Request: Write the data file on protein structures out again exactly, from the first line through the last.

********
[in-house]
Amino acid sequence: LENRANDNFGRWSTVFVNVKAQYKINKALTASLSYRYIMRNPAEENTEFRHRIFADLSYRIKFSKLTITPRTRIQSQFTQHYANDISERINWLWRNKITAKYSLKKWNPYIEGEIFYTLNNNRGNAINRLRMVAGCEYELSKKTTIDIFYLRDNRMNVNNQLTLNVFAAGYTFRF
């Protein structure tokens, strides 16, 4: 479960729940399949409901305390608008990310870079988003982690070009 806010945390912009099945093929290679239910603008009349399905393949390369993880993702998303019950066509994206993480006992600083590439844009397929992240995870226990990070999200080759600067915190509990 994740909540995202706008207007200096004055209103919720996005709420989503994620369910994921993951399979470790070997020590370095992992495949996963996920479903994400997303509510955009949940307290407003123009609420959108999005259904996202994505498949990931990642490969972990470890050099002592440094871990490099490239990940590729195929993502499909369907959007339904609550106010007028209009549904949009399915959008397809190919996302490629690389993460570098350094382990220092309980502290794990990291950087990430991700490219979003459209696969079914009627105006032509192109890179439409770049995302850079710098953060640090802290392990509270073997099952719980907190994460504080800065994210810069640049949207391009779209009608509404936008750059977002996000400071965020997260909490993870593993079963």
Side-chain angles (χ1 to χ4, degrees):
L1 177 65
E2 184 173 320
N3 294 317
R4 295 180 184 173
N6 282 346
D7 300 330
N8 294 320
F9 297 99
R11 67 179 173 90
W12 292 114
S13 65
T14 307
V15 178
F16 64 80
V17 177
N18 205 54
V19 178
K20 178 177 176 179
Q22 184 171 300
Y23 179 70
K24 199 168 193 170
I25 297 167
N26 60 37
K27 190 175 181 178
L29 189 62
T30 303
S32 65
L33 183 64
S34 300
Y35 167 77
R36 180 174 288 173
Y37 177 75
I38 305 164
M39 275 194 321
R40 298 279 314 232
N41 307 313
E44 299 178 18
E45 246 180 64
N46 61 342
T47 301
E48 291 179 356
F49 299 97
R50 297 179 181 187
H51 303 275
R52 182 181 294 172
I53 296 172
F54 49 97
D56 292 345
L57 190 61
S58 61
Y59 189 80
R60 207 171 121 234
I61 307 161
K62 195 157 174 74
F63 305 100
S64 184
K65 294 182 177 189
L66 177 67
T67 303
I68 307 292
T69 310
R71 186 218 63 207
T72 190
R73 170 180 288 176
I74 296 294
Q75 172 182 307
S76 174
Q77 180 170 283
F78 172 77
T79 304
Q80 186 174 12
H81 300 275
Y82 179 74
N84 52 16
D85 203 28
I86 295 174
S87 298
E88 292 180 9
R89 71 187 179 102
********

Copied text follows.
[in-house]
Amino acid sequence: LENRANDNFGRWSTVFVNVKAQYKINKALTASLSYRYIMRNPAEENTEFRHRIFADLSYRIKFSKLTITPRTRIQSQFTQHYANDISERINWLWRNKITAKYSLKKWNPYIEGEIFYTLNNNRGNAINRLRMVAGCEYELSKKTTIDIFYLRDNRMNVNNQLTLNVFAAGYTFRF
């Protein structure tokens, strides 16, 4: 479960729940399949409901305390608008990310870079988003982690070009 806010945390912009099945093929290679239910603008009349399905393949390369993880993702998303019950066509994206993480006992600083590439844009397929992240995870226990990070999200080759600067915190509990 994740909540995202706008207007200096004055209103919720996005709420989503994620369910994921993951399979470790070997020590370095992992495949996963996920479903994400997303509510955009949940307290407003123009609420959108999005259904996202994505498949990931990642490969972990470890050099002592440094871990490099490239990940590729195929993502499909369907959007339904609550106010007028209009549904949009399915959008397809190919996302490629690389993460570098350094382990220092309980502290794990990291950087990430991700490219979003459209696969079914009627105006032509192109890179439409770049995302850079710098953060640090802290392990509270073997099952719980907190994460504080800065994210810069640049949207391009779209009608509404936008750059977002996000400071965020997260909490993870593993079963």
Side-chain angles (χ1 to χ4, degrees):
L1 177 65
E2 184 173 320
N3 294 317
R4 295 180 184 173
N6 282 346
D7 300 330
N8 294 320
F9 297 99
R11 67 179 173 90
W12 292 114
S13 65
T14 307
V15 178
F16 64 80
V17 177
N18 205 54
V19 178
K20 178 177 176 179
Q22 184 171 300
Y23 179 70
K24 199 168 193 170
I25 297 167
N26 60 37
K27 190 175 181 178
L29 189 62
T30 303
S32 65
L33 183 64
S34 300
Y35 167 77
R36 180 174 288 173
Y37 177 75
I38 305 164
M39 275 194 321
R40 298 279 314 232
N41 307 313
E44 299 178 18
E45 246 180 64
N46 61 342
T47 301
E48 291 179 356
F49 299 97
R50 297 179 181 187
H51 303 275
R52 182 181 294 172
I53 296 172
F54 49 97
D56 292 345
L57 190 61
S58 61
Y59 189 80
R60 207 171 121 234
I61 307 161
K62 195 157 174 74
F63 305 100
S64 184
K65 294 182 177 189
L66 177 67
T67 303
I68 307 292
T69 310
R71 186 218 63 207
T72 190
R73 170 180 288 176
I74 296 294
Q75 172 182 307
S76 174
Q77 180 170 283
F78 172 77
T79 304
Q80 186 174 12
H81 300 275
Y82 179 74
N84 52 16
D85 203 28
I86 295 174
S87 298
E88 292 180 9
R89 71 187 179 102